4. When I lived in Texas some police friends of mine told me that he was referred to as Assholeveda by his own cops. He hasn’t changed except to get dumber.

    • My name for him has been the Asshole Diva for years.
      Sometimes I coin a phrase that catches on.
      That one has not.

  5. If that was a Miami gun dealer that lost 19 rifles, he’d be putting the finishing touches on the crucifix by now.

  6. “Stolen firearms [from a government agency] are a serious concern. That’s why NSSF partners with [a government agency] …”

    Newsflash: government agencies are notoriously inept and inefficient.

    It makes no sense whatsoever for the National Shooting Sports Foundation to partner with a notoriously inept and inefficient government agency for much if anything, much less an agency which works tireless to infringe on our inalienable right to keep and bear arms.

  7. Oh noes! They’ll be reported!
    If I find one I’ll be in trouble apparently so I guess I’ll keep my mouth shut.

    I wish we had a better class of tyrant in this country. As it is these clowns are like frazzled parents dropping “because I said so!” onto their demonstrably more intelligent children to justify their irrational dictates.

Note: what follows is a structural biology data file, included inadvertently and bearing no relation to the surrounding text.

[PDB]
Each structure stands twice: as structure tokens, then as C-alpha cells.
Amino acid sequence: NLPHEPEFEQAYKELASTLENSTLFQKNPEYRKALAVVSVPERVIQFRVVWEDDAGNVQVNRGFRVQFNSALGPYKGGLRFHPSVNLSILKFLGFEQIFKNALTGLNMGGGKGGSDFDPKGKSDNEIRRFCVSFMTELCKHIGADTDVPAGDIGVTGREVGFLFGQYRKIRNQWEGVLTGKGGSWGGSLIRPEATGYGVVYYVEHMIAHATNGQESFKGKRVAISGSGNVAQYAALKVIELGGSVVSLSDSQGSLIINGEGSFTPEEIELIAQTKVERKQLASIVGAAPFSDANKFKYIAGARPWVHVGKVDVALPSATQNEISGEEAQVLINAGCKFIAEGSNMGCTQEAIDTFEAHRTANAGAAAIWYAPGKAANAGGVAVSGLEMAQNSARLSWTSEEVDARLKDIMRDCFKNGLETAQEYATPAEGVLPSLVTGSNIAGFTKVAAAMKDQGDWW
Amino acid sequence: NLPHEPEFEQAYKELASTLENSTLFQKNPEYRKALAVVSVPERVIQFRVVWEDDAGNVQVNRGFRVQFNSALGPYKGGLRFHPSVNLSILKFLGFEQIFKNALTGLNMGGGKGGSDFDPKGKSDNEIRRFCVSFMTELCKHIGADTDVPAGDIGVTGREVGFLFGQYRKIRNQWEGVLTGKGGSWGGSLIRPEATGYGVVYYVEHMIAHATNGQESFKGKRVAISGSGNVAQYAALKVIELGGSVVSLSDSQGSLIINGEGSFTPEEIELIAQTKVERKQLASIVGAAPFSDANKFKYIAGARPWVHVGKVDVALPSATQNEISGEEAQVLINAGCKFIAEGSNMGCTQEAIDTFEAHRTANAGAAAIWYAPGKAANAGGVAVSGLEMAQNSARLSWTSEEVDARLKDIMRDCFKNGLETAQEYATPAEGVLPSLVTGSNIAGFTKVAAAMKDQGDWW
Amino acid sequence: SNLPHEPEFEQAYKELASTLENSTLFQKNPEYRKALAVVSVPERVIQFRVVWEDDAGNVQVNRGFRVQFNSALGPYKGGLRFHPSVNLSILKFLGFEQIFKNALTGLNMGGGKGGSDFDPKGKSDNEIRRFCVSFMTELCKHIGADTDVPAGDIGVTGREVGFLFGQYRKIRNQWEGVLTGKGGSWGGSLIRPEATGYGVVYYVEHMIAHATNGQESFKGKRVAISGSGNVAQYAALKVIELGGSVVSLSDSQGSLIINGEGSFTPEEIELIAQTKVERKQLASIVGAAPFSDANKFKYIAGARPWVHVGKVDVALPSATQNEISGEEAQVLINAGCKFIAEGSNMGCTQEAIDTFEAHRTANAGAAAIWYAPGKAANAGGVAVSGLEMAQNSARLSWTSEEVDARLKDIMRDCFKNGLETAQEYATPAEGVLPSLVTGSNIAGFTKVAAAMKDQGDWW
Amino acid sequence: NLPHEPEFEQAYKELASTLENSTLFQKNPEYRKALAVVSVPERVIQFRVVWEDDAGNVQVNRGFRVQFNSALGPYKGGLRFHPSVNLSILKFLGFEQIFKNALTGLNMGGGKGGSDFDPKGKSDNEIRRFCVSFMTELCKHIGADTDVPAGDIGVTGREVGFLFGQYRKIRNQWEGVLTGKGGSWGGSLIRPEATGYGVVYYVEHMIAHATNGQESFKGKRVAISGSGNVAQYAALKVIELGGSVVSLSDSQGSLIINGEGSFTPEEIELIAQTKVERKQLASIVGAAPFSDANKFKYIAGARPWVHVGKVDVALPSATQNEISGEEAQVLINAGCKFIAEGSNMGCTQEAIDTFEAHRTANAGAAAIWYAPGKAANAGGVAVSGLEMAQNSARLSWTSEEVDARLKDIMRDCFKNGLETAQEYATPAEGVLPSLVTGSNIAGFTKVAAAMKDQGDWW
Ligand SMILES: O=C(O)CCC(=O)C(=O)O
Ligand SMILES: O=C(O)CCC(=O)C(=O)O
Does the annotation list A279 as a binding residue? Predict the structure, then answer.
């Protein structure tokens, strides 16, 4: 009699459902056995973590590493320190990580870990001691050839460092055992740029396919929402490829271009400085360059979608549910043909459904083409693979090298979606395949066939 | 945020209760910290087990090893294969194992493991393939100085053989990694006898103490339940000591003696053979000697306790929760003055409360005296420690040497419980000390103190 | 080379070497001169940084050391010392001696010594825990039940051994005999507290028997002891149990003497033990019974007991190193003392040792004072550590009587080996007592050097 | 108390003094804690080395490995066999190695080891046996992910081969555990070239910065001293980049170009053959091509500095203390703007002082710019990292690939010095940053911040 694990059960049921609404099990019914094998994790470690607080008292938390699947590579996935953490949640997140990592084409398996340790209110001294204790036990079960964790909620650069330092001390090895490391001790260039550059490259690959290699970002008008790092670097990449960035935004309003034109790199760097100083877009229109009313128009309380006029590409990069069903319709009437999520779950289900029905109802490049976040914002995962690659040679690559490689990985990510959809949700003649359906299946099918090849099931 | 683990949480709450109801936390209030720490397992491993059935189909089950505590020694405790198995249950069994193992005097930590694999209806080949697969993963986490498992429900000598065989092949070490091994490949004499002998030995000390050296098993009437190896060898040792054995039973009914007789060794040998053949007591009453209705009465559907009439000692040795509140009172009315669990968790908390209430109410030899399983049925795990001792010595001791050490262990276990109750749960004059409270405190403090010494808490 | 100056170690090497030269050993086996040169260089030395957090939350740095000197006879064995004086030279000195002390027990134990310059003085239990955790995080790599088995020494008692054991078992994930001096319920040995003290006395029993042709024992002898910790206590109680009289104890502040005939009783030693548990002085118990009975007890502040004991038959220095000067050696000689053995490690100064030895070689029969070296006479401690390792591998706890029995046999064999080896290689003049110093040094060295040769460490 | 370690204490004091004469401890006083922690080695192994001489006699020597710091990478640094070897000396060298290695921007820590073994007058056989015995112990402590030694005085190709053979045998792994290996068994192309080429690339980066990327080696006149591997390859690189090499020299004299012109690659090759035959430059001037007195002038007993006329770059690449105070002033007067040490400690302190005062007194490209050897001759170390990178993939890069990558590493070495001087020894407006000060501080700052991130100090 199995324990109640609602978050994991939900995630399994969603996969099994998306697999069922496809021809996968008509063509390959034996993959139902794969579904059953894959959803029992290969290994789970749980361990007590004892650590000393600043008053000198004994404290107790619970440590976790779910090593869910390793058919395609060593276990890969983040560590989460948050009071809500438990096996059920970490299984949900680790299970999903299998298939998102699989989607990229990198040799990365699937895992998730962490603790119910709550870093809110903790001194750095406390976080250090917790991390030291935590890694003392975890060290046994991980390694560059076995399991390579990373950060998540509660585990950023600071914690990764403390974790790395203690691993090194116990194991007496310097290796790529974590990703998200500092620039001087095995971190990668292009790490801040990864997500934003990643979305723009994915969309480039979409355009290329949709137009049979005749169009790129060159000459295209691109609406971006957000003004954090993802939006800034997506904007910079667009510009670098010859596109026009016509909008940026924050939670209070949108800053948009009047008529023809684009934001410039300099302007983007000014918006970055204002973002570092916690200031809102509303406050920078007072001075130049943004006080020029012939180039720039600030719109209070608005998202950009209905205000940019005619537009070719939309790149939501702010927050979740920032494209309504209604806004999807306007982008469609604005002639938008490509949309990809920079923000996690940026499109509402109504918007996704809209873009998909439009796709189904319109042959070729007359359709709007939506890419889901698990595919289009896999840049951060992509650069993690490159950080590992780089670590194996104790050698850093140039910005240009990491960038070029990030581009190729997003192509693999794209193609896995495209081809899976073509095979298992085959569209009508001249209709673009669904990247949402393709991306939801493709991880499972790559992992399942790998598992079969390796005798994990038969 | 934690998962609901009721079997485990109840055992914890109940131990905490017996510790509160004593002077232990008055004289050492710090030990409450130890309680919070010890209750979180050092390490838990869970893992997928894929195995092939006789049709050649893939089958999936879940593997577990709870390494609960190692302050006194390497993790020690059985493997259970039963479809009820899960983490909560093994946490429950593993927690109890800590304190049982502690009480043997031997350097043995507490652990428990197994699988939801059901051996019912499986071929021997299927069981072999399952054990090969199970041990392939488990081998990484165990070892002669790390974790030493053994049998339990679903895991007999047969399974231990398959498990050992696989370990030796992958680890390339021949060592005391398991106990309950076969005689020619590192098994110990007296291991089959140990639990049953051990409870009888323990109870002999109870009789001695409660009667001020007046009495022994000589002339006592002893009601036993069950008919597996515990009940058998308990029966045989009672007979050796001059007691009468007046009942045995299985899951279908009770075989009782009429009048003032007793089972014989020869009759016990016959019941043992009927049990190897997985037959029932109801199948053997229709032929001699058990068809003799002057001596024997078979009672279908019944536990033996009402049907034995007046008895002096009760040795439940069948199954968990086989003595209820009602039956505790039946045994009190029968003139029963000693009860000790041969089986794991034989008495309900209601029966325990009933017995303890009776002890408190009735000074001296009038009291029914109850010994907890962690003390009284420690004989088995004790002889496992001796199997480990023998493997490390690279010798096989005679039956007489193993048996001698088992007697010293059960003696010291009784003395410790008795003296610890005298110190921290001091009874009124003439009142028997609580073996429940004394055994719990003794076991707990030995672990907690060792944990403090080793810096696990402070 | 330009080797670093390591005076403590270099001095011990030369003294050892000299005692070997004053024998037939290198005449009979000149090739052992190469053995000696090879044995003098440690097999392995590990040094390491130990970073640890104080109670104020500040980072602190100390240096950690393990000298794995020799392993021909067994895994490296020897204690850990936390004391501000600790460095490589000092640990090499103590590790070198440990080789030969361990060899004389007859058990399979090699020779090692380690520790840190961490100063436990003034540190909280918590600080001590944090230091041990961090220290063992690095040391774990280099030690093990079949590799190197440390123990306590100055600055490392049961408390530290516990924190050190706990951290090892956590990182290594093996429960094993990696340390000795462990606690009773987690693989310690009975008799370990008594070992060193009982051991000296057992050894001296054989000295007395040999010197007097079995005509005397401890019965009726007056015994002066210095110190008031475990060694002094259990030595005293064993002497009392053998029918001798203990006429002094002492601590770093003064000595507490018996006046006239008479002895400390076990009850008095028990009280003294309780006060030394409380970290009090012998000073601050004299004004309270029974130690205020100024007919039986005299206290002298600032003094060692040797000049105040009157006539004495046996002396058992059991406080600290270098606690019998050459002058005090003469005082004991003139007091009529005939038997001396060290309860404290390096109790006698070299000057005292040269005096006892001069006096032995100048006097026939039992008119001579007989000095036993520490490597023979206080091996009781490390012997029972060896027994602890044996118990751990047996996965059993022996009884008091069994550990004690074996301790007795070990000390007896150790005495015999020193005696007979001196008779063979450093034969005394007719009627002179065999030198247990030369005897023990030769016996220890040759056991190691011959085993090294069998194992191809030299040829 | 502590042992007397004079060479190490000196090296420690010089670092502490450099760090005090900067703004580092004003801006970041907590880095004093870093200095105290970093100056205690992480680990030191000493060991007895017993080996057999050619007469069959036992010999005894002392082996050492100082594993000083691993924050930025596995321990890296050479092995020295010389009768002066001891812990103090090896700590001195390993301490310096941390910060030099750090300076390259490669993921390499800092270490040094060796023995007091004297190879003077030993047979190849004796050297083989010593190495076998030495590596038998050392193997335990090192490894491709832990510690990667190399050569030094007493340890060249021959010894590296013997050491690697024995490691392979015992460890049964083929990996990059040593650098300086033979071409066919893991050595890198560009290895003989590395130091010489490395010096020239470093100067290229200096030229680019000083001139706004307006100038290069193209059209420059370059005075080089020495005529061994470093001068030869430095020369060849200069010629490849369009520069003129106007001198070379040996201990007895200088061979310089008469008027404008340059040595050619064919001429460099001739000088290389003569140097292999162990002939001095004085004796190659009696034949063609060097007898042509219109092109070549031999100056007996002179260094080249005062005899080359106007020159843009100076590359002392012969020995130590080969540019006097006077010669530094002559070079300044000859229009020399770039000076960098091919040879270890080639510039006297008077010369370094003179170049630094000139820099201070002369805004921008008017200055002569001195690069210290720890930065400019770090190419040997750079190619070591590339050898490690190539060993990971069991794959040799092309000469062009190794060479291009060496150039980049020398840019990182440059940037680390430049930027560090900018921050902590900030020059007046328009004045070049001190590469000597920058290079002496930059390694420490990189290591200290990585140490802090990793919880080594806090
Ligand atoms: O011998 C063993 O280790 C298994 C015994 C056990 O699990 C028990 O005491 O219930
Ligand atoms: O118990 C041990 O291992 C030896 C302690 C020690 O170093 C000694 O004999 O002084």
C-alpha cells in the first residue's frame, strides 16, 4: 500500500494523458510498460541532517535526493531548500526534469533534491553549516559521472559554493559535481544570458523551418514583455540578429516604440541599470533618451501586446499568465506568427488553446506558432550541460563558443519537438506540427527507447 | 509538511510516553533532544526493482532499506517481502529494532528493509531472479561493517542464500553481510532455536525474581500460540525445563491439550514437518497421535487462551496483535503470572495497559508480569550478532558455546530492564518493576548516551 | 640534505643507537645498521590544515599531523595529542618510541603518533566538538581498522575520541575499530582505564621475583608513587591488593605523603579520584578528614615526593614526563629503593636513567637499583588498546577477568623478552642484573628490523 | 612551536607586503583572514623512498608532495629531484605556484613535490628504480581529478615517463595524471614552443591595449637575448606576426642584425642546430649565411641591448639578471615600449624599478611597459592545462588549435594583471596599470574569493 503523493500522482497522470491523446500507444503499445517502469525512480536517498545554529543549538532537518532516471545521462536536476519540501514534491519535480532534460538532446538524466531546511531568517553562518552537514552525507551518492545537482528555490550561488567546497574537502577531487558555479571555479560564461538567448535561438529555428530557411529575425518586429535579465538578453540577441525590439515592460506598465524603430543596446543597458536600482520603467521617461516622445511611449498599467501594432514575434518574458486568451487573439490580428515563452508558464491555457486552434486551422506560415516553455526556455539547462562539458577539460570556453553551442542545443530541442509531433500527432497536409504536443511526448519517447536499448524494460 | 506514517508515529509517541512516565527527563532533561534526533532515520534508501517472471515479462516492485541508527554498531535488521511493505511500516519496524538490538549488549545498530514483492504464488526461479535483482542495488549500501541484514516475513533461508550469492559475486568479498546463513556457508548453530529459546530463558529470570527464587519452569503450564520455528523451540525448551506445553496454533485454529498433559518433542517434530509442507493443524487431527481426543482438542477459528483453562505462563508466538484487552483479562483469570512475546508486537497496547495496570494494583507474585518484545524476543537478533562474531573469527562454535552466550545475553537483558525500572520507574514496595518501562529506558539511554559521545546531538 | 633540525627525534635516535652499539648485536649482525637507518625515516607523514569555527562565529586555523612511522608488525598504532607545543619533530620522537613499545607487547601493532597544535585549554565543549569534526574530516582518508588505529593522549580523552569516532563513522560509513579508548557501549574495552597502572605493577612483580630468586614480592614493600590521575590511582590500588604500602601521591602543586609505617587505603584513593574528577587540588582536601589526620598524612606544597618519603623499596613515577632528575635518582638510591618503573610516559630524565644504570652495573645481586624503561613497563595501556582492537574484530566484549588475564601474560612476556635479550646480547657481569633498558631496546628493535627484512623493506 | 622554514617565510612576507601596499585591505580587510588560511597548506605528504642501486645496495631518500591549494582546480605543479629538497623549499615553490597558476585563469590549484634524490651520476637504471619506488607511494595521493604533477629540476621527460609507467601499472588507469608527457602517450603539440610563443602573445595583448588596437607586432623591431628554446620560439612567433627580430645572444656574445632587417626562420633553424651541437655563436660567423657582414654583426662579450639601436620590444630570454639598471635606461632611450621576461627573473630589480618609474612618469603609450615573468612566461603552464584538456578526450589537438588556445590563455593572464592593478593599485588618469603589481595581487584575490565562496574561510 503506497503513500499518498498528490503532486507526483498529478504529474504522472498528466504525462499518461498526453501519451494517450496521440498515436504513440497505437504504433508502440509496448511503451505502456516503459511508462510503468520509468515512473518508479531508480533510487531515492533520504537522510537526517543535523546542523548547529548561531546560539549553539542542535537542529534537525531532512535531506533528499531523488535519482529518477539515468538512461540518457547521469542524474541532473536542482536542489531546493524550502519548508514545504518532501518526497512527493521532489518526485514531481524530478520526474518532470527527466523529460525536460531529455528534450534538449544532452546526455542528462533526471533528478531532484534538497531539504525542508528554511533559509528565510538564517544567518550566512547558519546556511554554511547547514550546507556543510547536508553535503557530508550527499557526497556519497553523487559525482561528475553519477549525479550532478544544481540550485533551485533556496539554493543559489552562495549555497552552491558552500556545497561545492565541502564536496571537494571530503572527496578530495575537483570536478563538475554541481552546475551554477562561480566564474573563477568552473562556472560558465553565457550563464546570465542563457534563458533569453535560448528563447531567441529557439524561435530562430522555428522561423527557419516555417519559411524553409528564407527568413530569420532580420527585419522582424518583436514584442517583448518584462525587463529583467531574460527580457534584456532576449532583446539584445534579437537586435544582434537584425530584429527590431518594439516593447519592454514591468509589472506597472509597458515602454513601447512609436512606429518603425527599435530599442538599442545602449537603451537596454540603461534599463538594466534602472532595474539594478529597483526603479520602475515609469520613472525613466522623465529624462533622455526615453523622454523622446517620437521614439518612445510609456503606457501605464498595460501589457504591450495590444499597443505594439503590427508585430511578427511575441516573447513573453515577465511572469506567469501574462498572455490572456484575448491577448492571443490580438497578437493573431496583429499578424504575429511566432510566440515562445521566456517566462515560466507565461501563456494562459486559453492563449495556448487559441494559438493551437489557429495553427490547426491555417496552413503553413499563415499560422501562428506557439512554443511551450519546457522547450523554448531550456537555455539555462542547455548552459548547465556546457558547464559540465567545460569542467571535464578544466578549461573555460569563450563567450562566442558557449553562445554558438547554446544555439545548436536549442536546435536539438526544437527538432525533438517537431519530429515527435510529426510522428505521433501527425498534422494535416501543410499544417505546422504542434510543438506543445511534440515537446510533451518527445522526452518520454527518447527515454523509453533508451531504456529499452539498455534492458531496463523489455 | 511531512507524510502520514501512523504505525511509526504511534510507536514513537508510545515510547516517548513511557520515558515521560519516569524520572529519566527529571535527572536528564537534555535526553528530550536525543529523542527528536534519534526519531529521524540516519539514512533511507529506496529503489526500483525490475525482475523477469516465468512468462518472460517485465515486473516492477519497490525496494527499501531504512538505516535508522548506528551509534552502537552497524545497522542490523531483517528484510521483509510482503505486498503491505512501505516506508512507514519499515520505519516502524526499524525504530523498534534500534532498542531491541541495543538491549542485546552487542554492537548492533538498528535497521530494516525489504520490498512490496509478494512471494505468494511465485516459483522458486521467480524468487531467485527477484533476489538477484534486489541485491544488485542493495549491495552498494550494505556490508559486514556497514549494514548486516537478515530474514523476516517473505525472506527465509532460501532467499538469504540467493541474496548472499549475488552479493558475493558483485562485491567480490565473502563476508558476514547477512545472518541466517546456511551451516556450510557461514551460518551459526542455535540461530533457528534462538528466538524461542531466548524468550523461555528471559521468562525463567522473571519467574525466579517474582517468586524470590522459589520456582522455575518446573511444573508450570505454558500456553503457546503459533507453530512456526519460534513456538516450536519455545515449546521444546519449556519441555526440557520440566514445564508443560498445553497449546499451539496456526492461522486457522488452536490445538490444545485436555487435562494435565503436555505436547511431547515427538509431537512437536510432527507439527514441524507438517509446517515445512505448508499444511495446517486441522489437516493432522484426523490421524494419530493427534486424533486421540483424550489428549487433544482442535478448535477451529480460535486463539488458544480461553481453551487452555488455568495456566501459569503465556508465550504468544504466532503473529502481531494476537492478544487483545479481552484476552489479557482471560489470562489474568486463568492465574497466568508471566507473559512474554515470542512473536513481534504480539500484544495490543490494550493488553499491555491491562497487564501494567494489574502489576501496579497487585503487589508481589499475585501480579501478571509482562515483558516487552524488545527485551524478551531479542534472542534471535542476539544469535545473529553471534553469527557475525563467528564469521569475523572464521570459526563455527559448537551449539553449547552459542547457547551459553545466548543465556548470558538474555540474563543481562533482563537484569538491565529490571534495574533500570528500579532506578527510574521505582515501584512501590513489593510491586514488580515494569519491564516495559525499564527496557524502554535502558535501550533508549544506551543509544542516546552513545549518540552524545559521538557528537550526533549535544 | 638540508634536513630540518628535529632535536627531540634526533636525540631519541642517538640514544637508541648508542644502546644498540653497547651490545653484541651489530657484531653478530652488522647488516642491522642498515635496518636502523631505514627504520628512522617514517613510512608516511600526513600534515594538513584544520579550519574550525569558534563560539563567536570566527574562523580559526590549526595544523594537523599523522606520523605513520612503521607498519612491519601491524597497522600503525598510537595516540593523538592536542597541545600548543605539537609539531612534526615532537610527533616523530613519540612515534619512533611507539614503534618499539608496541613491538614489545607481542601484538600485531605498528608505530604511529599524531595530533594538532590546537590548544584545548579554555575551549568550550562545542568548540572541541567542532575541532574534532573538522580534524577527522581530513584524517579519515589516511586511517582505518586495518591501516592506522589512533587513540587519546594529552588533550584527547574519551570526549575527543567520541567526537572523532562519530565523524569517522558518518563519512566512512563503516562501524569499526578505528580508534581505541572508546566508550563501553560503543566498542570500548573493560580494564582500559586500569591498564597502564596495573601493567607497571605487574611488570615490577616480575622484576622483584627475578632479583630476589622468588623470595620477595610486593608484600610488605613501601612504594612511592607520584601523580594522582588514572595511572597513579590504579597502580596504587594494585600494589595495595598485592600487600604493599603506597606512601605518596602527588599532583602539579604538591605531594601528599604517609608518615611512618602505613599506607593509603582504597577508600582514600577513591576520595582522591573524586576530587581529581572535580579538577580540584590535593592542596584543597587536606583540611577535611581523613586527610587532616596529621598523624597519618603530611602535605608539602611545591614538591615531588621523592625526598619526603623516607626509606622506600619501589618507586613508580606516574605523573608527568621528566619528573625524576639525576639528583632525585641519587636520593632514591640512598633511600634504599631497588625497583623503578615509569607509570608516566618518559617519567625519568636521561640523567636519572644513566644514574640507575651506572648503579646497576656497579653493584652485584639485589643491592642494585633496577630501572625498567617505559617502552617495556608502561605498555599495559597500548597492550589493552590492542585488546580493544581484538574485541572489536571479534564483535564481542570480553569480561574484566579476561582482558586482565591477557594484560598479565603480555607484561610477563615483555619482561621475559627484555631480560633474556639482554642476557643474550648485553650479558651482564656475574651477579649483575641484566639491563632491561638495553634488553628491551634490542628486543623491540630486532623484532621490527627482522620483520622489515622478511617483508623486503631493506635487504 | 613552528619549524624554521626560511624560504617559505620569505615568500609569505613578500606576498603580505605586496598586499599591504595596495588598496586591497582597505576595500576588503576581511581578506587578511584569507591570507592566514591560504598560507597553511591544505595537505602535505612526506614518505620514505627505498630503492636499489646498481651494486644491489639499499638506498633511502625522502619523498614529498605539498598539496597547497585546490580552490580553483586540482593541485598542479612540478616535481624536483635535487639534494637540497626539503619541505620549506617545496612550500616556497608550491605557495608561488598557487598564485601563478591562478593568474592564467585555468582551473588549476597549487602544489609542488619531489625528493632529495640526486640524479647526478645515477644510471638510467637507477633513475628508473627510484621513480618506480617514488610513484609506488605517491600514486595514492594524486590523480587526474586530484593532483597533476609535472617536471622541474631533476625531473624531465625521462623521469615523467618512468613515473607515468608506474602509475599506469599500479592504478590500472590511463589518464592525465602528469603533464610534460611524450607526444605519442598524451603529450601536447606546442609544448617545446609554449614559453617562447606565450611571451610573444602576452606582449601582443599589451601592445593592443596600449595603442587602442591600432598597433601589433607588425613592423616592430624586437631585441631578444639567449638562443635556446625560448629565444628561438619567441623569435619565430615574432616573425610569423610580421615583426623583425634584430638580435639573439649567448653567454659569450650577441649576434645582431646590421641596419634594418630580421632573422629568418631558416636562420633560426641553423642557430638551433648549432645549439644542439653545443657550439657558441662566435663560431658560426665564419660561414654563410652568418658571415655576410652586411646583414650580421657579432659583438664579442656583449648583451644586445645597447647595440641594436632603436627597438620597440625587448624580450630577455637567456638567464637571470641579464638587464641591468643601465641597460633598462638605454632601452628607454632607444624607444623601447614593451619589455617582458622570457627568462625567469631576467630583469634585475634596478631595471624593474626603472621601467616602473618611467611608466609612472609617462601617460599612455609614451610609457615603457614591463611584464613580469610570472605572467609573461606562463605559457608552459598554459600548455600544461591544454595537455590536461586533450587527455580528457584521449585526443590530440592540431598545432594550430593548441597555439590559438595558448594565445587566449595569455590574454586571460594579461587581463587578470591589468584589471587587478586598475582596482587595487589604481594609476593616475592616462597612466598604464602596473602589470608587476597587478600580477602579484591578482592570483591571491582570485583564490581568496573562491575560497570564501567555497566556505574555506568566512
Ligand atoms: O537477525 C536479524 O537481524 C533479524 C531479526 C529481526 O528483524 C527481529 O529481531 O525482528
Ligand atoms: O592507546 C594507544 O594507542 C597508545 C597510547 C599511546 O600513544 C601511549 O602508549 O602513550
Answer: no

If you’re going to come at me, my property and my liberty come strong not like some ineffective bureaucrat hiding insecurities behind a poorly smithed armor of feelings.

  8. It sure looks to me like HE is the one being irresponsible for what he’s incharge of. People like him art part of the problem.

    I know exactly what I have and exactly where everything is. Even a Bible given to me in high school.

  9. Spoiler. It won’t: “This incident should end Chief Acevedo’s preaching that AR-15 rifles can only be trusted to be used by the police.”

  10. Just like us peons would be, Chief Acevedo should be considered “unsuitable” and should be required to relinquish all firearms under his control, including the department’s.

    • Ummm…do any of those “missing” AR’s have a giggle switch?!? Asking for a friend😏🙂😜

      • I am also betting they have either full auto or 3 round burst…UNLIKE civilian AR-15s

  11. Betting they have the 3-round burst or full-auto giggle switch, too…UNLIKE civilian AR-15s
    anyone know for sure one way or the other?

  12. He can’t find 25 of his own ARs? Then he definitely won’t find mine… 😉